ceos   eesa
Our Changing Climate
Signs of Climate Change
Causes of Climatic Change
Future Climate Trends and Impacts
The Economics of Climate Change
Global Environmental Decision-making
Observations and Science Informing Policy
  The Important Role of Earth observations  
Future Challenges

Just as science and technology have given us the evidence to measure the danger of climate change, so they can help us find safety from it. Earth System science is the key to implementing any approach towards good planetary management – providing us with the necessary insights into the feasibility, risks, trade-offs and timeliness of any strategy considered.

The nature of climate change issues presents special challenges in terms of the need for global information and data on key planetary indicators which can provide the information required for governments and policy makers to make well-informed decisions. Recognising that no single country can satisfy all of the observational requirements that are necessary for monitoring the Earth System, governments are taking steps to harmonise and integrate their observing networks and satellite observing systems to be able to address common problems of global concern.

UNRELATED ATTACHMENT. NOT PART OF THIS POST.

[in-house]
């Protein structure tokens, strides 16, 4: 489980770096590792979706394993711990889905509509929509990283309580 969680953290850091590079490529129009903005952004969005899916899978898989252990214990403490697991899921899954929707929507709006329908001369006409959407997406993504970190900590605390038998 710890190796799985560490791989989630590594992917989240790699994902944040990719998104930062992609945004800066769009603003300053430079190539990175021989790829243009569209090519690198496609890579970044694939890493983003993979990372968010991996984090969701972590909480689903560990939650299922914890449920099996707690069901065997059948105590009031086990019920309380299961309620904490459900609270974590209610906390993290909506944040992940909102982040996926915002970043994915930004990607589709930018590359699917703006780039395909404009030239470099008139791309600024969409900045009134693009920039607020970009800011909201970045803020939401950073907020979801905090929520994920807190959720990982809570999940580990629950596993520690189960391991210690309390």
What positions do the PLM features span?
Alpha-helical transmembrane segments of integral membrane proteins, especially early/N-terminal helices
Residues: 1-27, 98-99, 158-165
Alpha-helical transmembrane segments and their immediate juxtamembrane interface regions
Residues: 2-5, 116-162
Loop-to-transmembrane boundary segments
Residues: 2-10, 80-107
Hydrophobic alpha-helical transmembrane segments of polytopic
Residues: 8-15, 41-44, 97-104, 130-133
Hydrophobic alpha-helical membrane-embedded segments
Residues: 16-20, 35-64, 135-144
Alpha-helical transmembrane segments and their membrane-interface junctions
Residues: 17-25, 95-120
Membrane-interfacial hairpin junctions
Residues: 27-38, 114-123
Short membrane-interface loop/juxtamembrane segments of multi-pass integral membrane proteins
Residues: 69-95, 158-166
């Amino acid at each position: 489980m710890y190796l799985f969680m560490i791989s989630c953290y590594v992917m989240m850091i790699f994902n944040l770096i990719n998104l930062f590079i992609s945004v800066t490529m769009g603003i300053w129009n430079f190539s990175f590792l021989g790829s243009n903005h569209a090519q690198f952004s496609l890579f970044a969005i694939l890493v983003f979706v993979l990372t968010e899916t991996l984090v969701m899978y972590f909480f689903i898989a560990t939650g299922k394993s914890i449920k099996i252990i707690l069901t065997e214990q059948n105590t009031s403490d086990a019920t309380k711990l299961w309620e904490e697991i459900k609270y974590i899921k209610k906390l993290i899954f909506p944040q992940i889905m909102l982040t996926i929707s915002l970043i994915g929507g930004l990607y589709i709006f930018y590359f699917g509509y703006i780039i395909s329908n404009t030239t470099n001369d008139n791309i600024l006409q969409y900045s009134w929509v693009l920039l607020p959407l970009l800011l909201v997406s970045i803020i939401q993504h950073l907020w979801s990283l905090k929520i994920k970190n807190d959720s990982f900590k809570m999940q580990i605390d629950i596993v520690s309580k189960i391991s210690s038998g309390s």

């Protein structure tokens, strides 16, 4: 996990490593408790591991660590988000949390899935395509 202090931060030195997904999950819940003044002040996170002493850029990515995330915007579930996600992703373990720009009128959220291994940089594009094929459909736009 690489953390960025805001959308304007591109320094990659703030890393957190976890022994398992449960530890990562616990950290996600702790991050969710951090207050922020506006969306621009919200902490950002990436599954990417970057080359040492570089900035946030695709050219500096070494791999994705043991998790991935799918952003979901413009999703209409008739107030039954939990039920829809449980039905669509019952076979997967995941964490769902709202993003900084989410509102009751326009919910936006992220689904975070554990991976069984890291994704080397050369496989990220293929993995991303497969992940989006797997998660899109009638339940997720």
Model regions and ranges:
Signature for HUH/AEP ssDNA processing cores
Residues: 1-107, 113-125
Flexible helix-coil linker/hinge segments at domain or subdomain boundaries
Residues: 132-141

This document discusses the need for observations of planet Earth and its climate, and highlights the opportunities presented by Earth observation satellite systems to produce information for decision-making. If the best current scientific expertise is correct in predicting the future impacts of human-induced climate change – with the apparent certainty that such changes will accelerate with an expanding human population and economic activity in the coming decades – then such information will become increasingly vital. This will provide an essential foundation for the development of the ethics of global decision-making and strategies for sustainable Earth System management which will define how mankind adapts to the expected global change.

(a) Global annual emissions of anthropogenic greenhouse gases (GHGs) from 1970 to 2004.
(b) Share of different anthropogenic GHGs in total emissions in 2004 in terms of CO2-equivalent.
(c) Share of different sectors in total anthropogenic GHG emissions in 2004 in terms of CO2-equivalent. (Forestry includes deforestation).
(Credit: IPCC AR4)
Further Information
Stern Review:
World Resources Institute:




©Copyright 2011 CEOS Print CopiesResearched and written by SymbiosDesigned and built by Beaucroft